Reno’s detachment was immediately engulfed in masses of Sioux. He ordered his command to dismount and set up a skirmish line. When his left flank came under attack, he withdrew to a cottonwood grove. Again, his position was penetrated, and he ordered his men to remount for a run to the bluffs across the river. By the time they reached this position—about 45 minutes after they had first engaged the enemy—half his command had fallen. And where, Reno must have cursed, was Custer?

The colonel had mounted a bluff, from which he at last saw the vast Sioux encampment, and watched Reno advance. Unable to warn or support Reno directly, Custer summoned his trumpeter, an Italian immigrant named Giovanni Martini, and handed him a hastily scribbled note to deliver to Captain Benteen, ordering him to bring the ammunition packs and join the fight. Martini would be the last surviving cavalryman to see George Armstrong Custer alive.

Custer led his soldiers down toward the village and posted three companies on the north slope of the ravine he had just descended. These men were to join and direct Benteen when he came. Custer’s remaining two companies were sent to threaten the village, a maneuver Custer thought would buy him time until Benteen’s arrival. Instead, warriors led by a Hunkpapa named Gall raced across the Little Bighorn, pushing the troopers back before them. Having repulsed Reno and driven him from the valley to take up a defensive position atop high bluffs lining the east side of the river, Sioux warriors were free to concentrate on Custer at the northern end of their village. The Indians kept him out of the village and confined to rough country east of the river. As Gall pressed from the south, Crazy Horse pushed in from the north. Custer retreated, fighting a delaying action as he moved back to a long, flat hill and reunited all five companies.

Here Custer’s men dismounted, making their stand. But the Indians were able to stampede the cavalry’s horses, their saddlebags filled with ammunition and carbines, and Custer’s command lost all cohesion and coordination. An Oglala woman who watched the action said, “The Indians acted just like they were driving buffalo to a good place where they could be easily slaughtered.”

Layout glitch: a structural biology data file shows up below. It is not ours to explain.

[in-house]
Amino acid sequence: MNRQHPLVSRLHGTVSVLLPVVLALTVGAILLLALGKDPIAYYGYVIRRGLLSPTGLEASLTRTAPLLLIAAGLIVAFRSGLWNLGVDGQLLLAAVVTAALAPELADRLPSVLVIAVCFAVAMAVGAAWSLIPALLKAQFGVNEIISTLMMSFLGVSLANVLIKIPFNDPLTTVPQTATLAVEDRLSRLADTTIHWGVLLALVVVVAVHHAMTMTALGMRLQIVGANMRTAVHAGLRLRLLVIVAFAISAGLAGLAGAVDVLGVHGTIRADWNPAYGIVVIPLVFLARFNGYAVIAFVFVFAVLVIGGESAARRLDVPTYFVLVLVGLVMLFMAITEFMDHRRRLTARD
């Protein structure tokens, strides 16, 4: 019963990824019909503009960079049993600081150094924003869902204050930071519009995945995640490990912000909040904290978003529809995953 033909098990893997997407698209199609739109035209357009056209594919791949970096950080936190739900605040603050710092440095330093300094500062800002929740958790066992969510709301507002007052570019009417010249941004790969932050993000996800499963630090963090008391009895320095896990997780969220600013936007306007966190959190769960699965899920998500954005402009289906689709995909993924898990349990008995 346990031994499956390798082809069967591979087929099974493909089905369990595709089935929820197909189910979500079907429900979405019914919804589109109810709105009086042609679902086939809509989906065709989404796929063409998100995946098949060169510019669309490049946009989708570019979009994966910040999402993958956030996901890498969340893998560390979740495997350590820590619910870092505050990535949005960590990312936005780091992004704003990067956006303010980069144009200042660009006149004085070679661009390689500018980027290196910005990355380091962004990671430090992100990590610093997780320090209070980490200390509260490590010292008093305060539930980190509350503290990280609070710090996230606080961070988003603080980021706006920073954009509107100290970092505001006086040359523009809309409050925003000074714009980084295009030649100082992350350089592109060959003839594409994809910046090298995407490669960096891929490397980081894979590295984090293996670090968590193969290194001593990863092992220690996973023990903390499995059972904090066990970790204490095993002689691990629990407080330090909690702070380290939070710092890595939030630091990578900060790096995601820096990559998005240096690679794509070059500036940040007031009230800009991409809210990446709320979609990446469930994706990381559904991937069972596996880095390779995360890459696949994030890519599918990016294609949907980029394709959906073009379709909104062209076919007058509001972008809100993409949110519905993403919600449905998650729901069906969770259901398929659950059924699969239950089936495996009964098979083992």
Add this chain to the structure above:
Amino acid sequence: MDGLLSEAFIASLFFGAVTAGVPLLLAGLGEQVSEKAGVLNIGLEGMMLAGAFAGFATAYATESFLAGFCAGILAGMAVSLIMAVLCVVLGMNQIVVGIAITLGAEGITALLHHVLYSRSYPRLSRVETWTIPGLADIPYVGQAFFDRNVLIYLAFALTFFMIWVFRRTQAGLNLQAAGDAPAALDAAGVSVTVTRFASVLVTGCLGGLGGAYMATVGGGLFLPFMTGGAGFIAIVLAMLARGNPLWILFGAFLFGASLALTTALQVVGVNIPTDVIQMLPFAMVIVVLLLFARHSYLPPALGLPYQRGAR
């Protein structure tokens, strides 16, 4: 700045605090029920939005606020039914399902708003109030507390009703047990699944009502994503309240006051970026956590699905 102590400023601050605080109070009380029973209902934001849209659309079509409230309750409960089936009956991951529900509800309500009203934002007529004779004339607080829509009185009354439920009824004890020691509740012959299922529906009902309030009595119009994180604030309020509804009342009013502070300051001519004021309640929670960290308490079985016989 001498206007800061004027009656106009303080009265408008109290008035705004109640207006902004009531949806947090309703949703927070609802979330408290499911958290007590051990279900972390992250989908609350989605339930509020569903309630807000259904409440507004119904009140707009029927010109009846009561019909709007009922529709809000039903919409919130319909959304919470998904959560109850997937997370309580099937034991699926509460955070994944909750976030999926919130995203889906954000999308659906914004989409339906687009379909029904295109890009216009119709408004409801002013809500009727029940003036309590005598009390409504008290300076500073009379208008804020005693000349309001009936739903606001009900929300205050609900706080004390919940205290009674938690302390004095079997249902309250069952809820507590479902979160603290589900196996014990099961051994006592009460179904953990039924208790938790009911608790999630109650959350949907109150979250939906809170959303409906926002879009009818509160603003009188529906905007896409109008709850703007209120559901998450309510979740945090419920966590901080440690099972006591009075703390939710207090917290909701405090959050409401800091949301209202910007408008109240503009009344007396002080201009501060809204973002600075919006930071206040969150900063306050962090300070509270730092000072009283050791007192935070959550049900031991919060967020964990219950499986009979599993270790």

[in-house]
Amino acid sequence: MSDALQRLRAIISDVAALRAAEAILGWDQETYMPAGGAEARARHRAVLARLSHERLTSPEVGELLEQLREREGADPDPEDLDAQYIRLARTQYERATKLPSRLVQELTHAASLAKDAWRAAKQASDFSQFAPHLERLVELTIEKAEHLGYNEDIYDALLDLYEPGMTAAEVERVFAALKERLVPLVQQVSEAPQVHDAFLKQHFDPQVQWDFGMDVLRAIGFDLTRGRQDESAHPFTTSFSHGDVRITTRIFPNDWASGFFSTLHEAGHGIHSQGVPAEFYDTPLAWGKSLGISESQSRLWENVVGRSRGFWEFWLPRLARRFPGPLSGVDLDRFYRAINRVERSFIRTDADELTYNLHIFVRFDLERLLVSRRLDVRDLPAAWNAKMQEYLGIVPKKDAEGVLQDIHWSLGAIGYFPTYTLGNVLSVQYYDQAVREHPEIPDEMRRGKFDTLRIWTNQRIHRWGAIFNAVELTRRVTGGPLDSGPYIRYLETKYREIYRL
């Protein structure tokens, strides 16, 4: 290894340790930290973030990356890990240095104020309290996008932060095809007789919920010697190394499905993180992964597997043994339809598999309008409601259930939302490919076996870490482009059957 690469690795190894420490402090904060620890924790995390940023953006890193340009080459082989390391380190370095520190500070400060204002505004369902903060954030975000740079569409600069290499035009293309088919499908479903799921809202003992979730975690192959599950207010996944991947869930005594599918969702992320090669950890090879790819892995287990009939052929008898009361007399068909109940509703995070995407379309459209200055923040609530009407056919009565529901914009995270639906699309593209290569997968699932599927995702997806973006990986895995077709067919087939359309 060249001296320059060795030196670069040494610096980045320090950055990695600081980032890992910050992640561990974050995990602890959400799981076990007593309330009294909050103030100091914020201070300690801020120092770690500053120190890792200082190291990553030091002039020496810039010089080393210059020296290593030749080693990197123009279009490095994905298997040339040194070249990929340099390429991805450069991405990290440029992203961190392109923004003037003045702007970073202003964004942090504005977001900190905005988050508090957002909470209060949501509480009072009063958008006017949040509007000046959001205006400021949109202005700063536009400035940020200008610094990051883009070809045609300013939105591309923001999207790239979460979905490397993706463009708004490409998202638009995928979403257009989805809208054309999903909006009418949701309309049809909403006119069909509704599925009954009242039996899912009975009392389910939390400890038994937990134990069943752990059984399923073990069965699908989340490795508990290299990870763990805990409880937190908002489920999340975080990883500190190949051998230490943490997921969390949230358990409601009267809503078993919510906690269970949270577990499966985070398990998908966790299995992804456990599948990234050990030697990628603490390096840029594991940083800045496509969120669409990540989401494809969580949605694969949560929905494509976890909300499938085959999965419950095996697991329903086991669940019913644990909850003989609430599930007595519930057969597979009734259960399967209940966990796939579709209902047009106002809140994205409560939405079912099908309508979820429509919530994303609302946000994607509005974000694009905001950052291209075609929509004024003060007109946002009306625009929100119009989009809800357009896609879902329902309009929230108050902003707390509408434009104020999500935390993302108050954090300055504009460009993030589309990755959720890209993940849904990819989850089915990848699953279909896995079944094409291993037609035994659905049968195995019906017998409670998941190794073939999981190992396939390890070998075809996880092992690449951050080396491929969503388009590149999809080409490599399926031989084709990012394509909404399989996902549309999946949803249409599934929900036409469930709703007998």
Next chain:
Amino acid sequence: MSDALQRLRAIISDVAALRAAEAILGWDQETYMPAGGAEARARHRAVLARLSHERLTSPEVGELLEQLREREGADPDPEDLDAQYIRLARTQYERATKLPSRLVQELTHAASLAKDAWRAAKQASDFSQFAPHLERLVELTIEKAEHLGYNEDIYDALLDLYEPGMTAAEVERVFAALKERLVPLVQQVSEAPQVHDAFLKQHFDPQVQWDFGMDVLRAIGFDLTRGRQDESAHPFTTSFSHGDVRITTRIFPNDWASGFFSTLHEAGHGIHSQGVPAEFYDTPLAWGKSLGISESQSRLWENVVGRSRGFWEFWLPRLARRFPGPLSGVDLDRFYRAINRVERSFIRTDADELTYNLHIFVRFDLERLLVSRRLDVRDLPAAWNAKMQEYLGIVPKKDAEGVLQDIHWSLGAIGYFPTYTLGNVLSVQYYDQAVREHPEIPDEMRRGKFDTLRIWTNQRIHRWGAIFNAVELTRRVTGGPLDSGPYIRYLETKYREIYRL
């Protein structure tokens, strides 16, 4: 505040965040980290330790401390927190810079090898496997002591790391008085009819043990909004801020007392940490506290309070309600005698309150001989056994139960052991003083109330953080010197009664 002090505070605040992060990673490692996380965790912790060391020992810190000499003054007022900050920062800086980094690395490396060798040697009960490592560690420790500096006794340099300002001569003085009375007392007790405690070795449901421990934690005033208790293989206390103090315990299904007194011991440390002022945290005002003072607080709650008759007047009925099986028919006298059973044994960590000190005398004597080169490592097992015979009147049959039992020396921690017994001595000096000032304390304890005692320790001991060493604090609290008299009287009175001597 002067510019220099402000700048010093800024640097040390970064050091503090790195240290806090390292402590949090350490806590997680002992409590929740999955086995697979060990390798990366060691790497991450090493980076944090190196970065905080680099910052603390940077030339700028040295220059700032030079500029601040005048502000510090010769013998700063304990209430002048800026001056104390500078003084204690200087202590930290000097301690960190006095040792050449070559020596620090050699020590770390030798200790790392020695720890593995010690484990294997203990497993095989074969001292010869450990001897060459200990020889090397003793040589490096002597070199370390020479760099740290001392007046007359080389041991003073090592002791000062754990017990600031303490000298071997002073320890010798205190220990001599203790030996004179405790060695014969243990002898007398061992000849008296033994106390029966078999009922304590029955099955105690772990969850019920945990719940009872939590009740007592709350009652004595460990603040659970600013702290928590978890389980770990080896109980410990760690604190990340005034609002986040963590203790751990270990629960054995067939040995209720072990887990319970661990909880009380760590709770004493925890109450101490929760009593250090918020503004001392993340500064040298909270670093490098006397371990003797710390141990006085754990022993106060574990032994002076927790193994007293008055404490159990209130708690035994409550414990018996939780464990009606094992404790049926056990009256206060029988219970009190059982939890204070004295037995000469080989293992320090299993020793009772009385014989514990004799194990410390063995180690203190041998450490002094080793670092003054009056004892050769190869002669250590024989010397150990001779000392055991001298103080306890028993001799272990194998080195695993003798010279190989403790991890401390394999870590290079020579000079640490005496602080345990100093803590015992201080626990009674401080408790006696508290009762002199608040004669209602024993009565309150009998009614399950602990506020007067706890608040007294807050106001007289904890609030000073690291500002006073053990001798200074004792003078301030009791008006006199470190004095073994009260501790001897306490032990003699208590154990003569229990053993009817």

And, in panic, the bluecoats behaved very much like herded animals. They bunched, making easy targets, and fell by the score. As they scattered in smaller bunches, the combat became fiercely hand-to-hand. Within an hour, the Indians had wiped out Custer and his entire command.

In the meantime, Benteen, having received Custer’s note, joined the remnants of Reno’s command as it withdrew from the Little Bighorn valley. They could hear the sound of firing, which could only mean that Custer was engaged. Several officers wanted to ride off to his support, but Reno refused, protesting that it was fruitless to oppose so many. Some, out of a sense of honor and loyalty, did go, but were quickly turned back by warriors returning from Custer’s last stand.

The combined forces of Reno and Benteen numbered 368 officers and men. They dug desperately into the bluffs and fought off a daylong siege. On the next day, June 26, the siege was renewed, and the battle wore on until early afternoon. At the approach of Terry and Gibbon from the north, the entire village moved southward.

Casualties among the combined commands of Reno and Benteen were heavy. Far grimmer, of course, was the Custer battlefield. It was strewn with the naked and mutilated corpses of some 200 men. The body of Custer, found near his personal pennant, had been stripped naked, but, in this single instance, the Indian attackers had refrained from scalping and mutilation.

For the Sioux and Cheyennes, the Little Bighorn was a great triumph. For the United States, it was a major military disaster. The death of Custer, a flamboyant popular hero, and his entire immediate command, stunned the American people and led ultimately to greatly intensified military activity in the West. Controversy immediately surrounded the battle and its protagonists and has raged ever since.

Custer, Reno, Benteen, Terry, the Army high command—Sheridan and Sherman—and even President Ulysses S. Grant all had their partisans and detractors. The Battle of the Little Bighorn became firmly embedded in the history and folklore of America. The spectacle of Custer and his little band of troopers dying on their Montana hilltop became one of the most vivid and enduring images in the popular imagination: Custer erect on his hilltop, his long yellow hair blowing in the wind, his six-shooter blazing, his troopers falling around him, “bloodthirsty” Sioux closing in for the kill. “Custer’s Last Stand” stunned and angered white Americans, but it also forever awarded Custer the dashing immortality he had longed for all his life.


Originally published in the June 2006 issue of American History. To subscribe, click here